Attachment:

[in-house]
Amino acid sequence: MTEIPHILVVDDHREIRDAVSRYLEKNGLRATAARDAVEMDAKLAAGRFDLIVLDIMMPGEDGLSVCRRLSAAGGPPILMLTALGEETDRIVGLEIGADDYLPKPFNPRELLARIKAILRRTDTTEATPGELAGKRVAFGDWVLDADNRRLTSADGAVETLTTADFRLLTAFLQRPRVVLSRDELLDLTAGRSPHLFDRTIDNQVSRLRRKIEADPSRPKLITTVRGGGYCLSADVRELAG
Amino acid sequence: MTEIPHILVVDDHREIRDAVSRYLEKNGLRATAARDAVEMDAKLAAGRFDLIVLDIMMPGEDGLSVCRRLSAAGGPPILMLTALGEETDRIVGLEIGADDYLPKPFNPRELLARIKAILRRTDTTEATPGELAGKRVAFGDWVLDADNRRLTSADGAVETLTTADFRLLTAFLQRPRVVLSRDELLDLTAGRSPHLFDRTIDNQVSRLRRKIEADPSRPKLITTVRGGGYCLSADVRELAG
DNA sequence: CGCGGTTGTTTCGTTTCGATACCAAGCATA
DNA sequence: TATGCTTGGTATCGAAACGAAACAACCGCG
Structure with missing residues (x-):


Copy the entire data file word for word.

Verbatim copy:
[in-house]
Amino acid sequence: MTEIPHILVVDDHREIRDAVSRYLEKNGLRATAARDAVEMDAKLAAGRFDLIVLDIMMPGEDGLSVCRRLSAAGGPPILMLTALGEETDRIVGLEIGADDYLPKPFNPRELLARIKAILRRTDTTEATPGELAGKRVAFGDWVLDADNRRLTSADGAVETLTTADFRLLTAFLQRPRVVLSRDELLDLTAGRSPHLFDRTIDNQVSRLRRKIEADPSRPKLITTVRGGGYCLSADVRELAG
Amino acid sequence: MTEIPHILVVDDHREIRDAVSRYLEKNGLRATAARDAVEMDAKLAAGRFDLIVLDIMMPGEDGLSVCRRLSAAGGPPILMLTALGEETDRIVGLEIGADDYLPKPFNPRELLARIKAILRRTDTTEATPGELAGKRVAFGDWVLDADNRRLTSADGAVETLTTADFRLLTAFLQRPRVVLSRDELLDLTAGRSPHLFDRTIDNQVSRLRRKIEADPSRPKLITTVRGGGYCLSADVRELAG
DNA sequence: CGCGGTTGTTTCGTTTCGATACCAAGCATA
DNA sequence: TATGCTTGGTATCGAAACGAAACAACCGCG
Structure with missing residues (x-):